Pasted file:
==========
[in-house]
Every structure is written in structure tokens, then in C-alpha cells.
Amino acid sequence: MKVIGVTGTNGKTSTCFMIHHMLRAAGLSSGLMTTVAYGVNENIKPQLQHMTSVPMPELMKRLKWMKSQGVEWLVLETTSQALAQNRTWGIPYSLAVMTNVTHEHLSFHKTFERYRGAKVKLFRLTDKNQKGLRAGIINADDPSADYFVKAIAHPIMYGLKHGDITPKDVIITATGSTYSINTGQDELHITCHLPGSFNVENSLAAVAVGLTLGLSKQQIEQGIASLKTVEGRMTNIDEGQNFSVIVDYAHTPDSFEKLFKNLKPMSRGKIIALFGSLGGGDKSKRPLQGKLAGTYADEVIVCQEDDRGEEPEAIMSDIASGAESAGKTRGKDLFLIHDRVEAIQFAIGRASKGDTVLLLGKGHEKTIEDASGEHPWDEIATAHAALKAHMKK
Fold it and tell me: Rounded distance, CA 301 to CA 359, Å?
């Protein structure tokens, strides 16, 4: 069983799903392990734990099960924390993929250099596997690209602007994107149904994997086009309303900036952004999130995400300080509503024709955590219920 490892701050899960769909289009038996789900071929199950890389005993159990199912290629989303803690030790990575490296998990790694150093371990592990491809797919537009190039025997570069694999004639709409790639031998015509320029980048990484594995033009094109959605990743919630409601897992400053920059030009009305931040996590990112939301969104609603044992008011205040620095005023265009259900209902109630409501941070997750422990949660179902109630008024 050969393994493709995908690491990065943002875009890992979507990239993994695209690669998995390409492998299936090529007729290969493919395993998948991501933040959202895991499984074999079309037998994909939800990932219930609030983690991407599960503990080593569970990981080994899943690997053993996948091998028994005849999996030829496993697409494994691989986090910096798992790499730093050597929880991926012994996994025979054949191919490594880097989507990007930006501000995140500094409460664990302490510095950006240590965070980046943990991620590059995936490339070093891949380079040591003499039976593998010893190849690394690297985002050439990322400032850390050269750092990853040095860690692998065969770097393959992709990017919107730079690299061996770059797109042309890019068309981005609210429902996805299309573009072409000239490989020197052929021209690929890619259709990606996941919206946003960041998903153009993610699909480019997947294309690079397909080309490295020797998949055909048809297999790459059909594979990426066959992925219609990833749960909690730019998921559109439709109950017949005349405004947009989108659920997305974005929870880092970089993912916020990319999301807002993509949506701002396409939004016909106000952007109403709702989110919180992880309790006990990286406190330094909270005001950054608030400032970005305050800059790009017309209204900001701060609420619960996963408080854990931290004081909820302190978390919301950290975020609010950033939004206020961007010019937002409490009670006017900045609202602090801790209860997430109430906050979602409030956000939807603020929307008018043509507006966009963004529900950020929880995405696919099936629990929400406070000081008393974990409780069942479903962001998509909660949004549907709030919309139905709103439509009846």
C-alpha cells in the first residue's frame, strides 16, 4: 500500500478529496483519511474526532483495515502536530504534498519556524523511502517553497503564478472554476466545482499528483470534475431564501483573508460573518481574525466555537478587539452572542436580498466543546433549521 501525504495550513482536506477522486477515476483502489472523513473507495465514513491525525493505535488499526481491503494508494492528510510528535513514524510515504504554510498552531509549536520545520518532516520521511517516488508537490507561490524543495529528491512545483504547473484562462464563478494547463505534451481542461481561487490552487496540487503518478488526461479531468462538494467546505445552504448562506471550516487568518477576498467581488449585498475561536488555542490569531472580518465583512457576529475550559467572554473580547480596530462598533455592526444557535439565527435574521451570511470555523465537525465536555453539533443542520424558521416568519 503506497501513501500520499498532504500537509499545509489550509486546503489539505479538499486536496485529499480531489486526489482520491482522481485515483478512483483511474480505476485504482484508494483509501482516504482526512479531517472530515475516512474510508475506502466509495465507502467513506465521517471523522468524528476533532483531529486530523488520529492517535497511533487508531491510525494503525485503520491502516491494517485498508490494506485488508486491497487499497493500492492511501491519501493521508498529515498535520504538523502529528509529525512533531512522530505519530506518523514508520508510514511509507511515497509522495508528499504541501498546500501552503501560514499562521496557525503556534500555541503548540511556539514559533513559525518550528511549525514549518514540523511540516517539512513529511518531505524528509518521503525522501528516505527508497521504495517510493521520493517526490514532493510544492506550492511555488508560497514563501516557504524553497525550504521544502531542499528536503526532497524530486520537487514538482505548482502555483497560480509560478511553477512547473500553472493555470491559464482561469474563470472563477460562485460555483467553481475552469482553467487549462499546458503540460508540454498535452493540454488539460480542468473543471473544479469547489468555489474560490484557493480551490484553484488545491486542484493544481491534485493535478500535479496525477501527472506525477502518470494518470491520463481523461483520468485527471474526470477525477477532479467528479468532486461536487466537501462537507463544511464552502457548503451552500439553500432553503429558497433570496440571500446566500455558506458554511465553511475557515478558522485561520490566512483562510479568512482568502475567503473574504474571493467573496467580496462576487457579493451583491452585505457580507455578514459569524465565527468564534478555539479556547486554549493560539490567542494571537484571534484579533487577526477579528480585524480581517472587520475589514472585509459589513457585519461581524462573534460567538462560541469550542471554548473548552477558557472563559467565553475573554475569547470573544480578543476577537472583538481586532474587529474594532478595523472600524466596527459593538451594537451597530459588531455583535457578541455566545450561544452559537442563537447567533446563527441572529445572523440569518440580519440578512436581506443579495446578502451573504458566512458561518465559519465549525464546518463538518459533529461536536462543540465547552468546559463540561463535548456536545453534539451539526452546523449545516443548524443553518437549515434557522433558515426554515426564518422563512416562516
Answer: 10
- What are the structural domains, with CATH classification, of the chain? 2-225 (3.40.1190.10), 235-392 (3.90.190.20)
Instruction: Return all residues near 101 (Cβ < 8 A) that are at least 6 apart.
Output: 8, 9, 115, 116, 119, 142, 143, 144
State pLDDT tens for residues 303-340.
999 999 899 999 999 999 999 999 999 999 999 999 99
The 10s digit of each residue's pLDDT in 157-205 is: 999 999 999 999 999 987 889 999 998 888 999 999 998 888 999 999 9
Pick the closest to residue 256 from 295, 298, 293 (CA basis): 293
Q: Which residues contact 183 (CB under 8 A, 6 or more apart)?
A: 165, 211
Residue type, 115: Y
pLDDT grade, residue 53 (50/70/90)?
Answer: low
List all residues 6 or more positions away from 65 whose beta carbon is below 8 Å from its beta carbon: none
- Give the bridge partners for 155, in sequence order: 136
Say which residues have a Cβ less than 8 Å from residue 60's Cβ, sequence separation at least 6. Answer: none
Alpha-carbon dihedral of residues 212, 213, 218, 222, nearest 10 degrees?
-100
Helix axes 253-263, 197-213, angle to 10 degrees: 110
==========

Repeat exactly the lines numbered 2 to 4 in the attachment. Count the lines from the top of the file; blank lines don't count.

Every structure is written in structure tokens, then in C-alpha cells.
Amino acid sequence: MKVIGVTGTNGKTSTCFMIHHMLRAAGLSSGLMTTVAYGVNENIKPQLQHMTSVPMPELMKRLKWMKSQGVEWLVLETTSQALAQNRTWGIPYSLAVMTNVTHEHLSFHKTFERYRGAKVKLFRLTDKNQKGLRAGIINADDPSADYFVKAIAHPIMYGLKHGDITPKDVIITATGSTYSINTGQDELHITCHLPGSFNVENSLAAVAVGLTLGLSKQQIEQGIASLKTVEGRMTNIDEGQNFSVIVDYAHTPDSFEKLFKNLKPMSRGKIIALFGSLGGGDKSKRPLQGKLAGTYADEVIVCQEDDRGEEPEAIMSDIASGAESAGKTRGKDLFLIHDRVEAIQFAIGRASKGDTVLLLGKGHEKTIEDASGEHPWDEIATAHAALKAHMKK
Fold it and tell me: Rounded distance, CA 301 to CA 359, Å?